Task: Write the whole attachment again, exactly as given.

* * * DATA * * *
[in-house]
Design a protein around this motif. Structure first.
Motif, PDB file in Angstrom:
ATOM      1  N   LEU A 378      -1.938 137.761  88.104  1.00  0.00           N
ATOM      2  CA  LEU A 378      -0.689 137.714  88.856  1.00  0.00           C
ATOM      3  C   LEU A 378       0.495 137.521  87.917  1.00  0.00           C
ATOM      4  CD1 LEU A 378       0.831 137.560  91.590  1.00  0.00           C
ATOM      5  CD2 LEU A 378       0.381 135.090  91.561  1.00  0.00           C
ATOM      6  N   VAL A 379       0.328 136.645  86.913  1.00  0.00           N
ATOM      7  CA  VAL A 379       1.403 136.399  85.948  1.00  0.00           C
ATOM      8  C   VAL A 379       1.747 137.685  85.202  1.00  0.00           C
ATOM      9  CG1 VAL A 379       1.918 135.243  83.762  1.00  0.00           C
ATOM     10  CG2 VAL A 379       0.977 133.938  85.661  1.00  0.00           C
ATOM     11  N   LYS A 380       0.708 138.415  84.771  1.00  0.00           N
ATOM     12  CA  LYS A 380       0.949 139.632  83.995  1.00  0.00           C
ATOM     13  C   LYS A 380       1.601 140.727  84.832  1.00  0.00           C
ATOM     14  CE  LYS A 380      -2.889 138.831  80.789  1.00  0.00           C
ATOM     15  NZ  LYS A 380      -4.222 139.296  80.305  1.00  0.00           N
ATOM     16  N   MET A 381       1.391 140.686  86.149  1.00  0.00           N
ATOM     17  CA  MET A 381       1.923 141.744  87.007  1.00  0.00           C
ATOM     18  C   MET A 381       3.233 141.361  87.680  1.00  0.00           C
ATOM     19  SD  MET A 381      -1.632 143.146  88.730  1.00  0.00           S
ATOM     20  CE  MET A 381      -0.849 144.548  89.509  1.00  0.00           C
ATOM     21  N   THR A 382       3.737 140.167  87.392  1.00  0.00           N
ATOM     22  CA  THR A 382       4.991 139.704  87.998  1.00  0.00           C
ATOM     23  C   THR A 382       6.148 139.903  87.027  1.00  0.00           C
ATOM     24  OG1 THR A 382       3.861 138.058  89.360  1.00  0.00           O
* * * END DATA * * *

[in-house]
Design a protein around this motif. Structure first.
Motif, PDB file in Angstrom:
ATOM      1  N   LEU A 378      -1.938 137.761  88.104  1.00  0.00           N
ATOM      2  CA  LEU A 378      -0.689 137.714  88.856  1.00  0.00           C
ATOM      3  C   LEU A 378       0.495 137.521  87.917  1.00  0.00           C
ATOM      4  CD1 LEU A 378       0.831 137.560  91.590  1.00  0.00           C
ATOM      5  CD2 LEU A 378       0.381 135.090  91.561  1.00  0.00           C
ATOM      6  N   VAL A 379       0.328 136.645  86.913  1.00  0.00           N
ATOM      7  CA  VAL A 379       1.403 136.399  85.948  1.00  0.00           C
ATOM      8  C   VAL A 379       1.747 137.685  85.202  1.00  0.00           C
ATOM      9  CG1 VAL A 379       1.918 135.243  83.762  1.00  0.00           C
ATOM     10  CG2 VAL A 379       0.977 133.938  85.661  1.00  0.00           C
ATOM     11  N   LYS A 380       0.708 138.415  84.771  1.00  0.00           N
ATOM     12  CA  LYS A 380       0.949 139.632  83.995  1.00  0.00           C
ATOM     13  C   LYS A 380       1.601 140.727  84.832  1.00  0.00           C
ATOM     14  CE  LYS A 380      -2.889 138.831  80.789  1.00  0.00           C
ATOM     15  NZ  LYS A 380      -4.222 139.296  80.305  1.00  0.00           N
ATOM     16  N   MET A 381       1.391 140.686  86.149  1.00  0.00           N
ATOM     17  CA  MET A 381       1.923 141.744  87.007  1.00  0.00           C
ATOM     18  C   MET A 381       3.233 141.361  87.680  1.00  0.00           C
ATOM     19  SD  MET A 381      -1.632 143.146  88.730  1.00  0.00           S
ATOM     20  CE  MET A 381      -0.849 144.548  89.509  1.00  0.00           C
ATOM     21  N   THR A 382       3.737 140.167  87.392  1.00  0.00           N
ATOM     22  CA  THR A 382       4.991 139.704  87.998  1.00  0.00           C
ATOM     23  C   THR A 382       6.148 139.903  87.027  1.00  0.00           C
ATOM     24  OG1 THR A 382       3.861 138.058  89.360  1.00  0.00           O